1. Not finding help here? Sign up for a free 30min tutor trial with Chegg Tutors
    Dismiss Notice
Dismiss Notice
Join Physics Forums Today!
The friendliest, high quality science and math community on the planet! Everyone who loves science is here!

Arithmetic progression sum and nth term

  1. Feb 17, 2015 #1

    Suraj M

    User Avatar
    Gold Member

    1. The problem statement, all variables and given/known data
    The ratio of sums of 2 AP for n terms each is ## \frac{3n + 8}{7n + 15}##
    that is
    $$ {\frac{s_a}{s_b}} = \frac{3n + 8}{7n + 15} $$
    find the ratio of their 12th terms.
    $$ Required= \frac{a₁_a+(n-1)d_a}{a_b + (n-1)d_b}$$


    2. Relevant equations
    Tn = a + (n-1)d


    3. The attempt at a solution
    OKay the regular way that gives the right answer is this..
    $$ {\frac{2a_a + (n-1)d_a}{2a_b + (n-1)d_b} } = {\frac{3n + 8}{7n + 15}} ~~ eq1 ~~$$
    $$required = \frac{a_a+11d_a}{a_b+11d_b} $$
    so putting n = 23 in the eq 1 we get the answer as ## \frac{7}{16} ##
    but i tried another method..
    $${\frac{s_a}{s_b}} ={ \frac{3n + 8}{7n + 15}}$$
    here we can say..
    $$ s_a = (3n + 8)x $$
    $$ s_b = (7n + 15)x $$
    if i put n = 1 ,2 ,3 for both these AP's
    for AP 1: using sa
    s₁=a₁ right??
    then a₁=11x
    then s₂=14x so a₂ = s2 -s1 = 3x
    then s3 =17x so a3 = s3-s2 = 3x
    how is a2=a3 ??
    similarly even for AP2
    but why??
     
    Last edited: Feb 17, 2015
  2. jcsd
  3. Feb 17, 2015 #2

    Svein

    User Avatar
    Science Advisor

    deleted...
     
    Last edited: Feb 17, 2015
  4. Feb 17, 2015 #3

    Svein

    User Avatar
    Science Advisor

    OK. Let AP1 be given as [itex] a_{n}[/itex] and AP2 be given as [itex] b_{n}[/itex] Then the sums are given as [itex]s_{a,n}=\frac{n(a_{1}+a_{n})}{2} [/itex] and [itex]s_{b,n}=\frac{n(b_{1}+b_{n})}{2} [/itex]. The ratio is therefore [itex]\frac{s_{b,n}}{s_{a,n}}=\frac{(b_{1}+b_{n})}{(a_{1}+a_{n})} [/itex]. Substitute the expression for [itex] a_{n}[/itex] and [itex] b_{n}[/itex]: [itex]\frac{s_{b,n}}{s_{a,n}}=\frac{(b_{1}+b_{1}(n-1)e)}{(a_{1}+a_{1}(n-1)d)}=\frac{3n+8}{7n+16}[/itex]. Solve for [itex] \frac{b_{1}}{a_{1}}[/itex] and insert...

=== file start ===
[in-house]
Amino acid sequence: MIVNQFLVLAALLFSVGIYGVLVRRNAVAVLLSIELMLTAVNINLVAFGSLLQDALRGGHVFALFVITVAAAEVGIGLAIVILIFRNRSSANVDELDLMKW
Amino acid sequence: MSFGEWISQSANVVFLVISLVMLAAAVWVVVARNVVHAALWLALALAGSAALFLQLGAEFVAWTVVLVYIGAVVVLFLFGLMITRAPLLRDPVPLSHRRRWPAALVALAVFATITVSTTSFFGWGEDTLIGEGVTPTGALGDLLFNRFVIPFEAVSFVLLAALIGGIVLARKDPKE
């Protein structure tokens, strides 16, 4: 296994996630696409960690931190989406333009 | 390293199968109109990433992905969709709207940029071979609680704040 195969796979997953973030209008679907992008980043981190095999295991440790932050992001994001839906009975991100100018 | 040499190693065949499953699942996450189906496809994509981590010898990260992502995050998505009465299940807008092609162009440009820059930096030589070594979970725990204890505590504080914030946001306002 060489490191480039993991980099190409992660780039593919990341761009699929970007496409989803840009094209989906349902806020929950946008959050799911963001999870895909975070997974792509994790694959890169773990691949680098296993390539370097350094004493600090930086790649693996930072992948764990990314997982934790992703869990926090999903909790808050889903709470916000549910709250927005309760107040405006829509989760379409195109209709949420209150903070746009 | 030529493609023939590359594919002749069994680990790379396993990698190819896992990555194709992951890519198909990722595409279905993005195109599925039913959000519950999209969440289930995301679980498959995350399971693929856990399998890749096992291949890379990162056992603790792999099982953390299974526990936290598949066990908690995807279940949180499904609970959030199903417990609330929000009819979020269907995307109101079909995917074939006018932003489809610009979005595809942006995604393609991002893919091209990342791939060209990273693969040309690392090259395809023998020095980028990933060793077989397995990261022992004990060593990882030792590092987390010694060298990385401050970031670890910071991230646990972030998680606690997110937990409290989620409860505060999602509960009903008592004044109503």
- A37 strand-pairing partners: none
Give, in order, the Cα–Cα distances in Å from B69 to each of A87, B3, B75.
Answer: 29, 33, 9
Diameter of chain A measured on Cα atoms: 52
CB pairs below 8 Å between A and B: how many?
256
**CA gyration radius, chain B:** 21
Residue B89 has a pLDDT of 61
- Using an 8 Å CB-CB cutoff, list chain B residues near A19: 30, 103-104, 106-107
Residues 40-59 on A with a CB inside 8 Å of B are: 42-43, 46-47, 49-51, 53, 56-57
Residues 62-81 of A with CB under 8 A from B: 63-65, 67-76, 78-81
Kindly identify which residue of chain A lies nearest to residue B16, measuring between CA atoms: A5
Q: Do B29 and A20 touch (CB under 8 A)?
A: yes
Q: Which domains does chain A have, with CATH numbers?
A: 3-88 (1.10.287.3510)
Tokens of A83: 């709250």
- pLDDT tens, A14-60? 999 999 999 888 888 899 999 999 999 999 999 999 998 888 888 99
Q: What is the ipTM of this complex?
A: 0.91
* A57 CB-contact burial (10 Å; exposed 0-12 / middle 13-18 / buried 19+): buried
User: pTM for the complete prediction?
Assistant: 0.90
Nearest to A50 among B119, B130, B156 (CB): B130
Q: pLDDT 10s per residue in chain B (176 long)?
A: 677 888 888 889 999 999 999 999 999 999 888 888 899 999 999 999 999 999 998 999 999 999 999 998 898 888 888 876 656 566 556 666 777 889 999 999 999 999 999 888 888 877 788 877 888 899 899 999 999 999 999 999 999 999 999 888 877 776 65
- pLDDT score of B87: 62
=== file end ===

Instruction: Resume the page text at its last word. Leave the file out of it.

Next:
5. Feb 17, 2015 #4

    Suraj M

    User Avatar
    Gold Member

    No Svein, i know how to get the answer, my question is why am i getting the terms after the first term, equal by the method I've shown above?
     
  6. Feb 17, 2015 #5

    HallsofIvy

    User Avatar
    Staff Emeritus
    Science Advisor

    I think you are confusing yourself with your notation. You say
    Initially, you wrote that s1 and s2 were two different arithmetic progressions. Now you are using "s1" and "s2" to mean the first two partial sum of one arithmetic progression.
     
  7. Feb 17, 2015 #6

    Suraj M

    User Avatar
    Gold Member

    Ok fine, just notation mistake. check the original post, now ok?
    let those s1 s2 s3 be fore the first AP only.
    then a2=a3=... why?
     
  8. Feb 24, 2015 #7

    Suraj M

    User Avatar
    Gold Member

    Hello? anyone?
     
  9. Feb 25, 2015 #8

    haruspex

    User Avatar
    Science Advisor
    Homework Helper
    Gold Member
    2016 Award

    You are assuming x is a constant, independent of n. It need not be. It is only necessary that it is the same function of n in nu numerator and denominator.
     
  10. Feb 25, 2015 #9

    Suraj M

    User Avatar
    Gold Member

    x is the common factor, it must be constant right?
     
  11. Feb 25, 2015 #10

    haruspex

    User Avatar
    Science Advisor
    Homework Helper
    Gold Member
    2016 Award

    Why might it not be, say, n? I.e., sa = (3n+8)n, etc.
     
  12. Feb 26, 2015 #11

    Suraj M

    User Avatar
    Gold Member

    ohh, did not not think of that, sorry, but then the common factor may be any function of n. Is there no way of finding that common factor between sa and sb?
     
  13. Feb 26, 2015 #12

    haruspex

    User Avatar
    Science Advisor
    Homework Helper
    Gold Member
    2016 Award

    You know that sa is the sum of an AP, so it must be a quadratic function of n. You also know one of its factors.
     
Know someone interested in this topic? Share this thread via Reddit, Google+, Twitter, or Facebook

Have something to add?
Draft saved Draft deleted



Similar Discussions: Arithmetic progression sum and nth term
  1. Arithmetic progression (Replies: 2)

  2. Arithmetic Progression (Replies: 1)

  3. Arithmetic progression (Replies: 9)

  4. Arithmetic progression (Replies: 26)

Loading...